The film has much to say about the human psyche and its ability to hold fast to ideas it knows to be wrong. “What Nev’s story does is speak to the idea that if you want something to be true badly enough, you’ll overlook a lot of red flags,” Joost said.


Joost said while he and Nev’s brother did express skepticism at times (not seen on camera), some clues eluded even him. In any case, he said, Nev was eager to push forward. And while many viewers might like to think they would not be as susceptible to duplicity as the pathologically enthusiastic photographer, Nev disputes that.


“If someone would come up to me and say it wouldn’t happen to them, I would say, ‘Bet you’re wrong,’” Nev Schulman said. “If you got a message from someone saying, ‘I think you’re the best,’ you’d be willing to start believing, even as things started to get a little weird.”


Amid its dramatic turns, “Catfish” also delivers a cautionary critique about technology. Although social media don’t inevitably lead to emotional manipulation, the filmmakers argue, it can facilitate it. “We all came away with a very complicated feeling about the Internet,” Ariel Schulman said. “If you can create an identity more quickly than ever, that identity can also come crashing down a lot quicker than before.”


From the moment “Catfish” first screened at Sundance in January, Joost and Schulman have been faced with questions about the veracity of the events in the film.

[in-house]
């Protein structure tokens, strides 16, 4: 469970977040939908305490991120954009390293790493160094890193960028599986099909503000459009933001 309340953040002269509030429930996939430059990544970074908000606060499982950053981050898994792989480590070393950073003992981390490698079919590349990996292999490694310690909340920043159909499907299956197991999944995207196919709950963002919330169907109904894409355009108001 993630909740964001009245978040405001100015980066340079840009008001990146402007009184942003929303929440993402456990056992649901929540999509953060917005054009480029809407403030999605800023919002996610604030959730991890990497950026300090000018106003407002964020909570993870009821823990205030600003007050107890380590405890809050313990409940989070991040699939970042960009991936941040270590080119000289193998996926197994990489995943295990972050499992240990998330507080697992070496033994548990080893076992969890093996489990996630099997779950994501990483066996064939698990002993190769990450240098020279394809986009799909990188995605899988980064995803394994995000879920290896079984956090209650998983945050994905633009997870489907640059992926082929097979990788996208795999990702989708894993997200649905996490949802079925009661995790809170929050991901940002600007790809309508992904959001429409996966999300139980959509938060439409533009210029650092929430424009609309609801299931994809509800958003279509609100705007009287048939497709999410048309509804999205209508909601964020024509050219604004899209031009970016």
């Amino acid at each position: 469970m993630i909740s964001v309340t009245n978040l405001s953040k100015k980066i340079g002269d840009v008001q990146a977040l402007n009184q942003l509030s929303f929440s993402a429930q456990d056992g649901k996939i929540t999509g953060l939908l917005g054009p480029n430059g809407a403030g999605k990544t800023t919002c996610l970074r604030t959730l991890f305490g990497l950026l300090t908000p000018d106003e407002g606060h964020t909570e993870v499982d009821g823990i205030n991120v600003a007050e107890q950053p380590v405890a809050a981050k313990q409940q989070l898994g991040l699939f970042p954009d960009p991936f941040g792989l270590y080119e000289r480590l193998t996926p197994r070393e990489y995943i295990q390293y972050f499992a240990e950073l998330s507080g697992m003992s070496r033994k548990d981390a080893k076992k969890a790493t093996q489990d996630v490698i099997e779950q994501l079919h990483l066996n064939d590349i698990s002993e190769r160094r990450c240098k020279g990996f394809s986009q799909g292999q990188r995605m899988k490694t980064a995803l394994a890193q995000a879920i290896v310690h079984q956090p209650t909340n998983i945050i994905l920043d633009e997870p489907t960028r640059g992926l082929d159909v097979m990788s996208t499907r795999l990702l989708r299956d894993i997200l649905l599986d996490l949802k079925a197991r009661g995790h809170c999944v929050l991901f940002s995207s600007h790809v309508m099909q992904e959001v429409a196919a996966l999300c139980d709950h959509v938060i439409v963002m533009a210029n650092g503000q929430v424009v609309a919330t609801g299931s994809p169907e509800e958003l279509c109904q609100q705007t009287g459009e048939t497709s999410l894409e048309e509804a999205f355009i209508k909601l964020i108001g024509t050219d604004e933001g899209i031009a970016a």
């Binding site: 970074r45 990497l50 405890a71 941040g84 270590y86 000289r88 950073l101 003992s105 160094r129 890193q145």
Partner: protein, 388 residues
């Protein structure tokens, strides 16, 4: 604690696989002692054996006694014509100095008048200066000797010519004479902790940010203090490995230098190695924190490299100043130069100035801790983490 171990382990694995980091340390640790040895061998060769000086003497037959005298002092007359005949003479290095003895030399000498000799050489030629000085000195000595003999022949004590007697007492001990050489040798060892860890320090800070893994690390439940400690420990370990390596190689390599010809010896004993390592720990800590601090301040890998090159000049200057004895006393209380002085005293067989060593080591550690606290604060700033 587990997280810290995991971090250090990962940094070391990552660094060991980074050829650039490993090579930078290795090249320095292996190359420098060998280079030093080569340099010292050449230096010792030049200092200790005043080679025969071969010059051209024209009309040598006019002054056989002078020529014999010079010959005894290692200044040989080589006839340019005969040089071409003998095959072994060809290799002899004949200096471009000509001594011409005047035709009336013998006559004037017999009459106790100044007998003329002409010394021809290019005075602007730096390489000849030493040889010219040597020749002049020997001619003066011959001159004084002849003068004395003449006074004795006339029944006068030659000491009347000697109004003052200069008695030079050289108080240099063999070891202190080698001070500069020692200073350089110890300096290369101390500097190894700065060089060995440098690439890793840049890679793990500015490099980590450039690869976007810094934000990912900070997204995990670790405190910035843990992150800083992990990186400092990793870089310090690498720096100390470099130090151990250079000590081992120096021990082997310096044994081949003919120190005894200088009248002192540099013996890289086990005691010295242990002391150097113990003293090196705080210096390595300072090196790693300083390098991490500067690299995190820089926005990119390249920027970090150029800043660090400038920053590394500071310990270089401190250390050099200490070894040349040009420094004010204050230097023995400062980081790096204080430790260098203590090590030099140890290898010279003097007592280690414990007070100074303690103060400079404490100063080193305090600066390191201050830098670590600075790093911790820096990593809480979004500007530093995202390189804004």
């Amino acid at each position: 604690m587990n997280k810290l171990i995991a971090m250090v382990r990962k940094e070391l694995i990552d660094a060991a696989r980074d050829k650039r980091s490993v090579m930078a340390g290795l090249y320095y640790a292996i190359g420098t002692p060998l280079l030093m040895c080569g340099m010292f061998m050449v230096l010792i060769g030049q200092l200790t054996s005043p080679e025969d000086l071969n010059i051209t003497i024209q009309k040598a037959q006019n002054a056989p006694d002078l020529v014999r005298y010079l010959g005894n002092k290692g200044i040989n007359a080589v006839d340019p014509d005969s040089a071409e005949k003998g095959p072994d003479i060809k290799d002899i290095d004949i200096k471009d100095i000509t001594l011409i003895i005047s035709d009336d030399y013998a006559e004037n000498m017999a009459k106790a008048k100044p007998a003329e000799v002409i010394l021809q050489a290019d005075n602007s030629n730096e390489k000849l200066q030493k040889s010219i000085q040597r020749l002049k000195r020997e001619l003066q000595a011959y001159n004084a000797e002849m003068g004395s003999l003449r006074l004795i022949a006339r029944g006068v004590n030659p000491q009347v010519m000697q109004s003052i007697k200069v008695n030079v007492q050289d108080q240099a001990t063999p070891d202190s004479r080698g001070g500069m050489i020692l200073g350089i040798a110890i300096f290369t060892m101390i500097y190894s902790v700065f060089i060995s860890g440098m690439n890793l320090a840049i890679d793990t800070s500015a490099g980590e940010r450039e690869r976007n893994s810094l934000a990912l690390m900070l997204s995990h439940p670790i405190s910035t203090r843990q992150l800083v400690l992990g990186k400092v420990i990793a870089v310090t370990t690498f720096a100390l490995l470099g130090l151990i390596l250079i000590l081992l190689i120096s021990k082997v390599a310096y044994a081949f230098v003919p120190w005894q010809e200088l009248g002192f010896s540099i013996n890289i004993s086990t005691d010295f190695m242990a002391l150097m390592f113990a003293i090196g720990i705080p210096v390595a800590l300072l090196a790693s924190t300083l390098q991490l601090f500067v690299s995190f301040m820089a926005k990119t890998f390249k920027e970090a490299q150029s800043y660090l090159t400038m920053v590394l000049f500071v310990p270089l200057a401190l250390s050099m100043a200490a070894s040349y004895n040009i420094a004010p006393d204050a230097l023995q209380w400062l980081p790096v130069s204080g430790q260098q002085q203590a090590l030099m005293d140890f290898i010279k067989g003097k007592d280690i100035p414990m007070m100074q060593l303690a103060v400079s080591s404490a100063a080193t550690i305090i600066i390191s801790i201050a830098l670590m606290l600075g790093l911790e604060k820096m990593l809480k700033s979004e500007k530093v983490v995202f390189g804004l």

At one showing at the Utah festival, the filmmakers responded defensively to a question about their methods and the film’s truthfulness. Blog posts on Movieline and other outlets followed, asking if “Catfish” had a “truth problem.” In essence, skeptics question whether the directors actually knew much more about the object of Nev’s affection while filming — but withheld critical footage from the final cut for the sake of drama and suspense.


Jarecki acknowledges that choices were made in the editing room. “We were conscious of revealing the events of the movie in the most dramatic way possible,” the producer said. But he contended that “Catfish” was no different from any other documentary film — it just happens to be a better story. “There’s a feeling that if events are so extraordinary (then) they must be manufactured. It’s understandable that people feel that way, but it’s simply not the case here.”


Whether general audiences care about the film’s honesty is itself an open question. Film historian David Thomson, who has not seen “Catfish,” said that generally, the question of truth-in-documentary has become less relevant for younger audiences and filmmakers — much to his dismay.


“Does it matter how much of something is true? I think it does,” he said. “But the question is if anyone cares. We live in an age of supposedly true stories that are shocking but totally concocted. And we need to be ready for more enormously persuasive and credible documentaries of things that didn’t occur.”


As more people see “Catfish,” the debate is likely to intensify.


“They say all publicity is good. But for us there is no debate on this point” of the film’s authenticity, Joost said. “This has been a lesson in how things spread in a communal environment like a festival. With one question, the discussion can change overnight. Which is kind of like the Internet.”